Up to 17,000 people without power as 'weather bomb' hits Britain

Up to 17,000 people without power as 'weather bomb' hits Britain
A man watches as waves crash into a cliff at Portstewart in northern Ireland December 10, 2014. Up to 17,000 residents in the west of Scotland were left without power on Wednesday morning as a "weather bomb" of wet and windy conditions battered parts of Britain with gusts expected to reach up to 80 miles per hour (130 km/h).

LONDON - Up to 17,000 residents in the west of Scotland were left without power on Wednesday morning as a "weather bomb" of wet and windy conditions battered parts of Britain with gusts expected to reach up to 80 miles per hour (130 km/h).

Heavy rain and winds hit Scotland, Northern Ireland and northern England overnight with an amber wind warning - meaning there was a potential risk to life and property - in place across Scotland's western Isles and northern Shetland Islands.

Britain's Met Office warned people to expect gales, storm force winds and large waves across several parts of northern and central Britain throughout the day. "The public should be prepared for dangerous conditions, especially along causeways and coastal roads exposed to the west," it said on its website.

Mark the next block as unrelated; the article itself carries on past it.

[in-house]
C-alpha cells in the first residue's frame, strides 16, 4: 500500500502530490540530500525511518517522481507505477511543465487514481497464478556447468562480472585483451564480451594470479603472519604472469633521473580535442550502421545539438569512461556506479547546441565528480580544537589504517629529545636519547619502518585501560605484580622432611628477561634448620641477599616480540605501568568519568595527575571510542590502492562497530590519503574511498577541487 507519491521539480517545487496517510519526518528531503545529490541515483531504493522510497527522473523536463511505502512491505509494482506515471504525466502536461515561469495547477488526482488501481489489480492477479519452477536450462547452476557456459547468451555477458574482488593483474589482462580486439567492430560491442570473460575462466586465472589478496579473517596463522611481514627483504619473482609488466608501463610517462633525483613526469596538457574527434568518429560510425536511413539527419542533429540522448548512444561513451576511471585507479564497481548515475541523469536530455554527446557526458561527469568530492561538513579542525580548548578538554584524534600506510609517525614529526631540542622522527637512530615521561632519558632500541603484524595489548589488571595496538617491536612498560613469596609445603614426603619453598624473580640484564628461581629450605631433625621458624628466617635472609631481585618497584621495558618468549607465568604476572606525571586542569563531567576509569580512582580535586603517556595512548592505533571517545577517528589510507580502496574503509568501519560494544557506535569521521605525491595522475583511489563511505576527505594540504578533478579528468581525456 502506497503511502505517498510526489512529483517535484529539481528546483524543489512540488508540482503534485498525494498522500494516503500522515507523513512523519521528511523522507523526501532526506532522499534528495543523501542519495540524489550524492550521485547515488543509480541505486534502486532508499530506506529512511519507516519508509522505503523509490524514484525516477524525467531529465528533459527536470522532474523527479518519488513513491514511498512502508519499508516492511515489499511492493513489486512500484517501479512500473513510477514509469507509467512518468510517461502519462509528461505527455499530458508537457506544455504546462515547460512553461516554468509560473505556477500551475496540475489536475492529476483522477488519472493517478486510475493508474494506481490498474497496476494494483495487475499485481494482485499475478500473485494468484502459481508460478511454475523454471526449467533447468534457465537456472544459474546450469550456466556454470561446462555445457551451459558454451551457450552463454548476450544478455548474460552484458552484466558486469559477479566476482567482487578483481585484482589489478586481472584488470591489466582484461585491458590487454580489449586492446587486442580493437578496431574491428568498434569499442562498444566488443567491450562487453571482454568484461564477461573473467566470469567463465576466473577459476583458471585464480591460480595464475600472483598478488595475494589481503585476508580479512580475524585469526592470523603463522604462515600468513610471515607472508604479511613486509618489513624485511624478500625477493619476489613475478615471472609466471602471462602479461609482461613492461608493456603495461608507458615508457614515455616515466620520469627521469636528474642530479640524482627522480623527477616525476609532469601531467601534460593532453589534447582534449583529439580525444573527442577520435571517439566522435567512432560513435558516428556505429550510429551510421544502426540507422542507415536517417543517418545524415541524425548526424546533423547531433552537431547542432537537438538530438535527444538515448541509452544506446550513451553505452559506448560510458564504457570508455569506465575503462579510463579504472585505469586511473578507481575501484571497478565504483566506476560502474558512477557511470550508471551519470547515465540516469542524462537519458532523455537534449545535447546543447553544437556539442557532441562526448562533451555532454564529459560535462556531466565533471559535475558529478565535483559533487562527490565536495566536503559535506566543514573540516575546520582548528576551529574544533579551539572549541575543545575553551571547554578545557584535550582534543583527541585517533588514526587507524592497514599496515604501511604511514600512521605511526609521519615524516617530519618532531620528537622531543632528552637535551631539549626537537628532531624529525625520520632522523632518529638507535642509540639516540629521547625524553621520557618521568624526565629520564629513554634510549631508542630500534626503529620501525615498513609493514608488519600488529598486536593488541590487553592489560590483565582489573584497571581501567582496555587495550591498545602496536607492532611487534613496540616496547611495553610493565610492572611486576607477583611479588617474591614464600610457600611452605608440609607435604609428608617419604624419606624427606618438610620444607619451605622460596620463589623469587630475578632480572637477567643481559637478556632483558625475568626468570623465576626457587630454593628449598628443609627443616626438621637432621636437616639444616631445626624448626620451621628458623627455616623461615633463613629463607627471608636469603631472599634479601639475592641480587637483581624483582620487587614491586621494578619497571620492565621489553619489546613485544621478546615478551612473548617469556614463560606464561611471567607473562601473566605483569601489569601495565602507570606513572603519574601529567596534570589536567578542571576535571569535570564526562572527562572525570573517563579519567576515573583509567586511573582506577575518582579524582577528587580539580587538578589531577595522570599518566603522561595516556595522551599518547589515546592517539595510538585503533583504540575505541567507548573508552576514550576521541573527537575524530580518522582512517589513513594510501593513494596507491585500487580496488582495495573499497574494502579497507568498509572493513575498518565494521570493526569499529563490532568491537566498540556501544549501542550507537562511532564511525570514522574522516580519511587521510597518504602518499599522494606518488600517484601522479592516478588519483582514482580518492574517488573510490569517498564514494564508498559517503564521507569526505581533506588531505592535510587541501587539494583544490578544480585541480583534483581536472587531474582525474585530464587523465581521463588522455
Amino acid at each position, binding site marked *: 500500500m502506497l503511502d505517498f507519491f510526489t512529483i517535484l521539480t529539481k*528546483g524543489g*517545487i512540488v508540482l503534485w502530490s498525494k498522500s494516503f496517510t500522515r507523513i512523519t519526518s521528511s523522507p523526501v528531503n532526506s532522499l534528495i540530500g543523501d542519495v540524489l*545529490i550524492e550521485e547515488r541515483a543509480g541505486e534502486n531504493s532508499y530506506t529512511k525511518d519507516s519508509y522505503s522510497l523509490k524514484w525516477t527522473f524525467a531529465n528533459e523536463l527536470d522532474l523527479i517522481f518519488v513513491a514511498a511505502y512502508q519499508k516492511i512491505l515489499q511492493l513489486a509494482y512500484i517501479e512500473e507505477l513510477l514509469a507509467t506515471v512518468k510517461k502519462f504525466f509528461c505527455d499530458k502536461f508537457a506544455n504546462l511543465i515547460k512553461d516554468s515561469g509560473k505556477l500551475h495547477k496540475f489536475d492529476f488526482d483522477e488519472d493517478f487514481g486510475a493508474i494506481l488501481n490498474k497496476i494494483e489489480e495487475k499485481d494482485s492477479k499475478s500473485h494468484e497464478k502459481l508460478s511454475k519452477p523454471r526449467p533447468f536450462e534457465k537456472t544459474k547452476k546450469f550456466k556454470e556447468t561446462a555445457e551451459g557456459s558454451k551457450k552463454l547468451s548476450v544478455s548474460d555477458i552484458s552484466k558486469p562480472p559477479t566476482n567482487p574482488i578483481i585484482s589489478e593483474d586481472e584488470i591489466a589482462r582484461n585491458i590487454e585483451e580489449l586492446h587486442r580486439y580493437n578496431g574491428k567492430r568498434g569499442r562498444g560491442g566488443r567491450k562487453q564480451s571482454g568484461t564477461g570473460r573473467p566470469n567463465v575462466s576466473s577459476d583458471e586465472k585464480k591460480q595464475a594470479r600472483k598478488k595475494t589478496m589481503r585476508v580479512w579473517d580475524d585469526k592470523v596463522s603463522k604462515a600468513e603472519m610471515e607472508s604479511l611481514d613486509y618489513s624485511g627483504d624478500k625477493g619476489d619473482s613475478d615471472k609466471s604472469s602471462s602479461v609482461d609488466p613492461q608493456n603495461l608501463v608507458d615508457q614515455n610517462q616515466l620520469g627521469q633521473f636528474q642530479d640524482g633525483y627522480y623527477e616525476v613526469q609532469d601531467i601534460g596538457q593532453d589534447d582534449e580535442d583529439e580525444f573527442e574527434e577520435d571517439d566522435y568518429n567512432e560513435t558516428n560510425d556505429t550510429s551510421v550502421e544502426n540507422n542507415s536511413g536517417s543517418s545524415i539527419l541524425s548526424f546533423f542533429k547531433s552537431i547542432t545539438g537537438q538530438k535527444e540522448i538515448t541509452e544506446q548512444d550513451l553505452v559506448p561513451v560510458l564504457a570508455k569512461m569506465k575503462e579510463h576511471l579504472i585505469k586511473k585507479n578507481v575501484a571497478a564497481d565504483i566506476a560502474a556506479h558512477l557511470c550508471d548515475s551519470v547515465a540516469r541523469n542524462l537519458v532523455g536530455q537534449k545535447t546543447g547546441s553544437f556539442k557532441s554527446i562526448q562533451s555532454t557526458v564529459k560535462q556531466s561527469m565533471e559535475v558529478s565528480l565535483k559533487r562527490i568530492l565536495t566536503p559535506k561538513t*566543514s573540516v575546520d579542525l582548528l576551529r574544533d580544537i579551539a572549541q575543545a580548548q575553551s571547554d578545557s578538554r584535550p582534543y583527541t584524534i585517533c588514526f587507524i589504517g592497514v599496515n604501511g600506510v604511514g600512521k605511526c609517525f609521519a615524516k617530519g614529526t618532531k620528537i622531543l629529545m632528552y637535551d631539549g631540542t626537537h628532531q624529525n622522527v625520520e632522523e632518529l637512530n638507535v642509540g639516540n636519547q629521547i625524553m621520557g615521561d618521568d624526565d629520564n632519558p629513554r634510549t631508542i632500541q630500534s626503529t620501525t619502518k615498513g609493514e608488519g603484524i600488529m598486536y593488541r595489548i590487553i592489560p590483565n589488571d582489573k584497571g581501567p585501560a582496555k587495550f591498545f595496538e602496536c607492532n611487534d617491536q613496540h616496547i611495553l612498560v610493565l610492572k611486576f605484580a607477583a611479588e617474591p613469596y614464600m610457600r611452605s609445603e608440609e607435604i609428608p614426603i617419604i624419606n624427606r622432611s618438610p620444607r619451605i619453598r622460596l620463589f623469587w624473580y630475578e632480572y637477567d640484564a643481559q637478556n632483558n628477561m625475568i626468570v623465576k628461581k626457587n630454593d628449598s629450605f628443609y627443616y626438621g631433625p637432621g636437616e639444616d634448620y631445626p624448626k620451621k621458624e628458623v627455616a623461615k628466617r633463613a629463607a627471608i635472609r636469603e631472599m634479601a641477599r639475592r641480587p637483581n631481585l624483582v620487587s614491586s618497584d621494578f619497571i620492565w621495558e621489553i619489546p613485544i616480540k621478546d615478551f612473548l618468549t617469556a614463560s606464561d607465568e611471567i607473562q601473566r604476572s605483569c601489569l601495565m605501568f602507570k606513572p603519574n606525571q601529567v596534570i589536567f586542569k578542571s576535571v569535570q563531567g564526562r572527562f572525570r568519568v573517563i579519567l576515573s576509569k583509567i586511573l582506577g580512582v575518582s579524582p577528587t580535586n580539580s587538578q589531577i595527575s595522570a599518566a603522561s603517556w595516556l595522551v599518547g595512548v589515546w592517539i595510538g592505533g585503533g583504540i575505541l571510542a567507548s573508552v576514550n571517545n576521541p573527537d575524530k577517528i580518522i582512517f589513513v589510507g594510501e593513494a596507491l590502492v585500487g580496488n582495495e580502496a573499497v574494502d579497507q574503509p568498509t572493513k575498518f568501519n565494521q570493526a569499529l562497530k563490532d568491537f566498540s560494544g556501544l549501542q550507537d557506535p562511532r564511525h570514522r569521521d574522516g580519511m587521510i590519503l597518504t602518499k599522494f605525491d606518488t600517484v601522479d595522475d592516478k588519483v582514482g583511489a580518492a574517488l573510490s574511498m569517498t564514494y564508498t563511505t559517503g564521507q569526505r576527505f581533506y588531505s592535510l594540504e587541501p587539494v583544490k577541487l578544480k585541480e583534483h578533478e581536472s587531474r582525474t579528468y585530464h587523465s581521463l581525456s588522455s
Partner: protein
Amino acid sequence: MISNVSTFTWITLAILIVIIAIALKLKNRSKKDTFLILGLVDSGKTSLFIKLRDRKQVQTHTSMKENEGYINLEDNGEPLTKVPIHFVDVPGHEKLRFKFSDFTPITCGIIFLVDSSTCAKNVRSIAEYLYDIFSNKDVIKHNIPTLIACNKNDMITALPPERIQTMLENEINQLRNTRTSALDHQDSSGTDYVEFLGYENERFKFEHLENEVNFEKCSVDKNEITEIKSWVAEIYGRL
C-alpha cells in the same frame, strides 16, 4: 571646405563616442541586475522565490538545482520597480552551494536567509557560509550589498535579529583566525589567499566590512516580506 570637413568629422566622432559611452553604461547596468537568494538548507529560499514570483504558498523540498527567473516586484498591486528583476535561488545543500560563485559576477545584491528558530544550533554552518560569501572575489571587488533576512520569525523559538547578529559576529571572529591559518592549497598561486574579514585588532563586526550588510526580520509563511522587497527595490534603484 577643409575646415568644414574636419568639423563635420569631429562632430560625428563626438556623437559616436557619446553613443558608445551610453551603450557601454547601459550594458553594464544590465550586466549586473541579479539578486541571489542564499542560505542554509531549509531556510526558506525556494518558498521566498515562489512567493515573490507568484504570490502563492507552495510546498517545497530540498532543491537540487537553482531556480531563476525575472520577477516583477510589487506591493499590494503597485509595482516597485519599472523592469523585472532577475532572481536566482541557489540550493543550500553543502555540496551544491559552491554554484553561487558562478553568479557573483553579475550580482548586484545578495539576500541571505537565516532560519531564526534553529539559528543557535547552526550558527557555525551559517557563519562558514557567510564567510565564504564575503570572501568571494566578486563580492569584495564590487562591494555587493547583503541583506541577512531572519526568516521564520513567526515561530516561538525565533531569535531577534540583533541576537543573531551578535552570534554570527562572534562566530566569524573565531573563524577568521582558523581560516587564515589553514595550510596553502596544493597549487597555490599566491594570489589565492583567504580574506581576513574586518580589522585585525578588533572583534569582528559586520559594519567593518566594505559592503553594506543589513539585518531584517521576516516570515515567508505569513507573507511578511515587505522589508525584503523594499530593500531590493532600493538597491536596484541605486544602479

Scottish Hydro Electric Power Distribution said its engineers were repairing the damage done in the Western Isles and are bringing two power stations on board with all customers expected to have electricity by lunchtime.

Britain has seen extreme weather conditions at this time of the year recently with tens of thousands of people across the country left without electricity on Christmas Day last year due to torrential rainfall and hurricane winds.

Weather bombs occur when storms quickly intensify and pressure drops rapidly.

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